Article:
By turning its back on the power system of the future, Ofgem’s decision is likely to add to energy bills and could force planned projects to be cancelled – undoing technological progress from recent years that has kept the lights on and ensured costs stay low. As the rest of the world moves away from large, centralised power stations, this decision will see us lose ground on rival nations, with ramifications spreading through the whole economy.”

This view however flies in the face of the facts: the UK does not have low electricity prices – it has very high electricity prices, and recent technological progress has only been enabled by the use of expensive subsidies. It’s also pretty unclear how this rivalry with other nations manifests itself in this context – although the negative impact on the whole economy of high prices due to a combination of subsidies and network expansion to accommodate renewables is all too clear.

Some commentators have levelled their criticism at the size of these growing network costs, suggesting they may be excessive. This is entirely possible – as I have noted previously, National Grid is incentivised to build and operate transmission capacity, some of which would not be required if there was a greater role played by turndown/turnup DSR. But even if the costs could be lower, it is unlikely they could be reduced to levels that removed the distorting effects of the TDR payments, and presumably if they did then the generators that currently rely on these payments would still find their economics challenged.

There was also significant criticism of the decision-making process, with many embedded generators feeling they were structurally cut out of a process designed around transmission-connected generation. Mark Draper, chairman of the Flexible Generation Group summed up the complaints:

“We have repeatedly raised our concerns that Ofgem’s current governance structures give large energy firms undue influence over the reform process and changes in regulation. The decision makers on the Connection and Use of System Code (CUSC) panel overwhelmingly represent companies, including EDF Energy, SSE, Scottish Power and Uniper, which will benefit from what is being proposed. It is their recommendations which Ofgem has endorsed in its ruling.

Small generators and new entrants have no representation on this panel, despite requests to have their voices heard and interests represented. This decision – and its timing – reinforces in the minds of many that the large power generators wield excessive and undue influence within Ofgem’s regulatory processes.”

On the other hand, owners of larger transmission-connected were positive about the move:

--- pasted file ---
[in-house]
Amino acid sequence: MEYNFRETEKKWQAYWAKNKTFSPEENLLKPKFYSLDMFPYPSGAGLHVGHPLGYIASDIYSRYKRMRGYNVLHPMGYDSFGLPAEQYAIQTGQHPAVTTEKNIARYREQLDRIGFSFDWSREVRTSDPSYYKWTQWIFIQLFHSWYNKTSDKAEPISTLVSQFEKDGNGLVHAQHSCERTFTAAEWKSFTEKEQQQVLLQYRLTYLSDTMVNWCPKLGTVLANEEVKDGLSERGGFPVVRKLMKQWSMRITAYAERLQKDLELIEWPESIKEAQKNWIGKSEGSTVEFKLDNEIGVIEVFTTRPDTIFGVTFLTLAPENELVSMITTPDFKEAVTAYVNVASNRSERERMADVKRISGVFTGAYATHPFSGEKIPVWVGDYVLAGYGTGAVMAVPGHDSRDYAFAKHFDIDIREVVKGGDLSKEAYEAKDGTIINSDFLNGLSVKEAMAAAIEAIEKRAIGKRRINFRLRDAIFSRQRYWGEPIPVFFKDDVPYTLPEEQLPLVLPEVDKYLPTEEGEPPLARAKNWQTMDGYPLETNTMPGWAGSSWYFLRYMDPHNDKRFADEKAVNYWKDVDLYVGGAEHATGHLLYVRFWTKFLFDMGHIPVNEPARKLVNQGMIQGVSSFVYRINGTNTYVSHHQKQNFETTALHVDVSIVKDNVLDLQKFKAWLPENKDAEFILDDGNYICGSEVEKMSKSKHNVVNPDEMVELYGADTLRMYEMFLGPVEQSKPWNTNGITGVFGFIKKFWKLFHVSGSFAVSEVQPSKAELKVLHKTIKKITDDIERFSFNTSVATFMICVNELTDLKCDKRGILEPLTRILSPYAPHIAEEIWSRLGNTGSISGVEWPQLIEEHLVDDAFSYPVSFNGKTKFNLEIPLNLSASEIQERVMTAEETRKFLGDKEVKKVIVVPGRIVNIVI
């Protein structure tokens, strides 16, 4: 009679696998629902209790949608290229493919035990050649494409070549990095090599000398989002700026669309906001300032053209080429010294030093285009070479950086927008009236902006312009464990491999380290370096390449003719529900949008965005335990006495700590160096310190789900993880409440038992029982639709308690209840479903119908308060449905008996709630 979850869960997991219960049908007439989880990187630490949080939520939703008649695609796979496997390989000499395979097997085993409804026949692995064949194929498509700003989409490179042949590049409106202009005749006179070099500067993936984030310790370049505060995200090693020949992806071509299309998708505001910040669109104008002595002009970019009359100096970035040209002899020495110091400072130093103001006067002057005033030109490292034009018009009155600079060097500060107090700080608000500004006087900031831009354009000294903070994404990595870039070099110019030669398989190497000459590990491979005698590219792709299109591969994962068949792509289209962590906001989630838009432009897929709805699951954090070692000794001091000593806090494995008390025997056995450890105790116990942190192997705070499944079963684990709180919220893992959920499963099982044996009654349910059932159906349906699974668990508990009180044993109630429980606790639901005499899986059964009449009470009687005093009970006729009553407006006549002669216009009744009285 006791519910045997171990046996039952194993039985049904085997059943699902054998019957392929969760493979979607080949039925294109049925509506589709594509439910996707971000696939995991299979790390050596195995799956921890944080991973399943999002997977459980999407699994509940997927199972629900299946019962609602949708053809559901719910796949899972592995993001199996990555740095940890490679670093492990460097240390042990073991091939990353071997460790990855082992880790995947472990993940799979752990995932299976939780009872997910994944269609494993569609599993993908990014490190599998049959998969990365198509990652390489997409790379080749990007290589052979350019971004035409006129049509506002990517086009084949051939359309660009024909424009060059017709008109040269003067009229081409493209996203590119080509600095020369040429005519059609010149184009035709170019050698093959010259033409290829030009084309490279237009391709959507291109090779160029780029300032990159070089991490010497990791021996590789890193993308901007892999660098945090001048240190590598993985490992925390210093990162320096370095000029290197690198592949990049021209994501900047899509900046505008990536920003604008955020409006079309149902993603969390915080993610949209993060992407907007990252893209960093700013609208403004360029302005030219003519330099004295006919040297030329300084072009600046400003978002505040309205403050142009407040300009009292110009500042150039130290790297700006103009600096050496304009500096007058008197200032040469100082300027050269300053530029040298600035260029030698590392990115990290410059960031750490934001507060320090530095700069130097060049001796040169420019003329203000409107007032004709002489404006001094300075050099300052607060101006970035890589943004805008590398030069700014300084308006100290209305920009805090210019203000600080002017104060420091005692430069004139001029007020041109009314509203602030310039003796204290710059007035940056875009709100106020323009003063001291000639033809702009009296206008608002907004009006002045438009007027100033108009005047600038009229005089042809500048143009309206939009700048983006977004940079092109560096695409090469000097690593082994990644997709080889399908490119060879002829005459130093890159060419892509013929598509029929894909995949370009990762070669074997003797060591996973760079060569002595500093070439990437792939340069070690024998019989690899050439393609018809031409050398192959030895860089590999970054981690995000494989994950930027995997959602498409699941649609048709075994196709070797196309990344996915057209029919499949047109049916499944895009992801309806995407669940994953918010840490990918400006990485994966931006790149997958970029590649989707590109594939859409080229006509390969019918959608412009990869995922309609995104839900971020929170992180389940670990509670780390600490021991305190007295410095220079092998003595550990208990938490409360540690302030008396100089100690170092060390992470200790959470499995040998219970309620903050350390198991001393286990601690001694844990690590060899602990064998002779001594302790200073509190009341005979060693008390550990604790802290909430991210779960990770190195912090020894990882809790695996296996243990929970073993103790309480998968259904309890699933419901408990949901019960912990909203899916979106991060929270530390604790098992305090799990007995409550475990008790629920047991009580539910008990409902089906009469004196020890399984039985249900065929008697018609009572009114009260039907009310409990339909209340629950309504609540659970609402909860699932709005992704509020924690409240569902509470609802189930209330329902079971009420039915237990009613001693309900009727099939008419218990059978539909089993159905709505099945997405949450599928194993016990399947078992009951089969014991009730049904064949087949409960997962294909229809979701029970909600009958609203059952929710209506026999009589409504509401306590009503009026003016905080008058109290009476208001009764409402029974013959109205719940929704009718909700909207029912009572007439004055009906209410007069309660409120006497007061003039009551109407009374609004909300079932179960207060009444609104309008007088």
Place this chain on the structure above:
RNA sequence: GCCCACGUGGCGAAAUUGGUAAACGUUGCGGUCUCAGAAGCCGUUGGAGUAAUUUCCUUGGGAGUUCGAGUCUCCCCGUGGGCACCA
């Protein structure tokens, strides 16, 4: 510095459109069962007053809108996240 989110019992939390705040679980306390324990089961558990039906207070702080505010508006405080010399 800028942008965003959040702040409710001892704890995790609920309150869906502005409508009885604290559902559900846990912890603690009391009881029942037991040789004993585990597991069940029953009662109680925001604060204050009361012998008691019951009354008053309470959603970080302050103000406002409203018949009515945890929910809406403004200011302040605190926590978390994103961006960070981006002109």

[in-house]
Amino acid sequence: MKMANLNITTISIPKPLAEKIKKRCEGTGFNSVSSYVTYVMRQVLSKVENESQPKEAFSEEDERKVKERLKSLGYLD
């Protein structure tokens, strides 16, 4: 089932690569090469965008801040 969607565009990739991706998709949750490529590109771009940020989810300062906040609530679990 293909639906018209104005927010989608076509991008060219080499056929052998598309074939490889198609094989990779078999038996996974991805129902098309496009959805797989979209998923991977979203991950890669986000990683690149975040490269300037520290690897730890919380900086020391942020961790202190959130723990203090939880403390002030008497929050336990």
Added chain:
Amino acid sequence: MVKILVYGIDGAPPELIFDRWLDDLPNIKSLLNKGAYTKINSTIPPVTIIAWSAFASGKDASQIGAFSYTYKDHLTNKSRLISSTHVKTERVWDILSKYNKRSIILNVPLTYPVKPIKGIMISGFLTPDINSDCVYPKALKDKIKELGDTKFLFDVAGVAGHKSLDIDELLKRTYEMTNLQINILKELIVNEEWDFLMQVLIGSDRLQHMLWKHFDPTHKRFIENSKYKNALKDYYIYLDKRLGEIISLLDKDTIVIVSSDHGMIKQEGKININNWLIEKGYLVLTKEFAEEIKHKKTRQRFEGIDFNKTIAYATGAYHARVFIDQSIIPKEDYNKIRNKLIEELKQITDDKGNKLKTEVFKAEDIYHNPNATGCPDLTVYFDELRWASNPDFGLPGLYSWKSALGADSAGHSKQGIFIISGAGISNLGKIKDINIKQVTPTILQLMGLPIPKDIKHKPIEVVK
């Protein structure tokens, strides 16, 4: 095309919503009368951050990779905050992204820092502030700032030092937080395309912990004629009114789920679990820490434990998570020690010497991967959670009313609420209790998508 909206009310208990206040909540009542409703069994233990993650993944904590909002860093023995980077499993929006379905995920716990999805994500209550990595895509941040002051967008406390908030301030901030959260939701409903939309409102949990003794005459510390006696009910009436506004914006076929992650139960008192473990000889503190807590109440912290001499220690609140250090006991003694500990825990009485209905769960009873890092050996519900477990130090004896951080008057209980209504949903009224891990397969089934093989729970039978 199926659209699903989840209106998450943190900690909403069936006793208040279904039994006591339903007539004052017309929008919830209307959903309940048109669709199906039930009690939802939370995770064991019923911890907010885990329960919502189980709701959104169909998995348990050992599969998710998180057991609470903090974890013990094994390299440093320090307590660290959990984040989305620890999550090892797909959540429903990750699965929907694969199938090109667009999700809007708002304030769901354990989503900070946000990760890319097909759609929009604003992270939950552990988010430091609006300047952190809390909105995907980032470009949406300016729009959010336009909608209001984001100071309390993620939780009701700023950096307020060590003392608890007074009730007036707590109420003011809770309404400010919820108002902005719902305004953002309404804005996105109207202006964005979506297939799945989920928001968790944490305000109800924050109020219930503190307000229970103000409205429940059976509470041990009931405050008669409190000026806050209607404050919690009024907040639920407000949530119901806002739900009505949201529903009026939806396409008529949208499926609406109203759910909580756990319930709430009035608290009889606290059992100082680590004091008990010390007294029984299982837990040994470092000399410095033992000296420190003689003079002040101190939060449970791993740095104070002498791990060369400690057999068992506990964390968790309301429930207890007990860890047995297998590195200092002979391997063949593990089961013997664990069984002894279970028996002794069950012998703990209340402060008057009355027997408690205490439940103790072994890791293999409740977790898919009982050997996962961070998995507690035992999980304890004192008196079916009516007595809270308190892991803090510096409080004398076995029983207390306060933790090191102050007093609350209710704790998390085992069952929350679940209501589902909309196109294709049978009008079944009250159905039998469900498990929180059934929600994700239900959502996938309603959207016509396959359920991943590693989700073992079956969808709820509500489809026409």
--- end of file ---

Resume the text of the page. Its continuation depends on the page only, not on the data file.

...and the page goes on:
“We welcome the announcement from Ofgem as we believe that reducing embedded benefits in this way creates a more level playing field for all generators, reduces distortion in the market, and also delivers a good result for the consumer. The working group which looked at possible changes to embedded generation benefits reflected a wide range of industry views, with two thirds of the members representing small, embedded generation interests. The process took almost six months,”
– Felix Lerch, UK chairman, Uniper.


Clearly, there is some consensus among generators that the winners from Ofgem’s decision will be large transmission-connected generators, but this is likely to favour existing plant rather than provide an incentive for new CCGTs, absent other regulatory interventions. It seems unlikely, however, that consumers will see any great benefit, as both wholesale electricity prices and Capacity Market prices will adjust to the removal of the distorting effect of the TDR payments. For the required generation capacity to be present in the market, sufficient rates of return must be earned one way or another.

That being said, removal of some of the distorting influences in the market is a positive step, allowing investor behaviour to be better aligned with policy objectives, but the market is plagued with many other distorting factors. The challenge is that achieving the dual goals of de-carbonisation and security of supply is expensive, and economically inefficient, leading to the requirement for a complex set of direct and indirect subsidies. Therefore to the extent that de-carbonisation continues to dominate the energy agenda, affordability will be difficult to achieve and consumers will continue to suffer from high prices.


embedded benefits change




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One thought on “The economics of embedded generation set to change but consumers are unlikely to benefit

  1. Usual toys out of the pram from the rent seeking renewable sector when someone threatens to take their sweeties away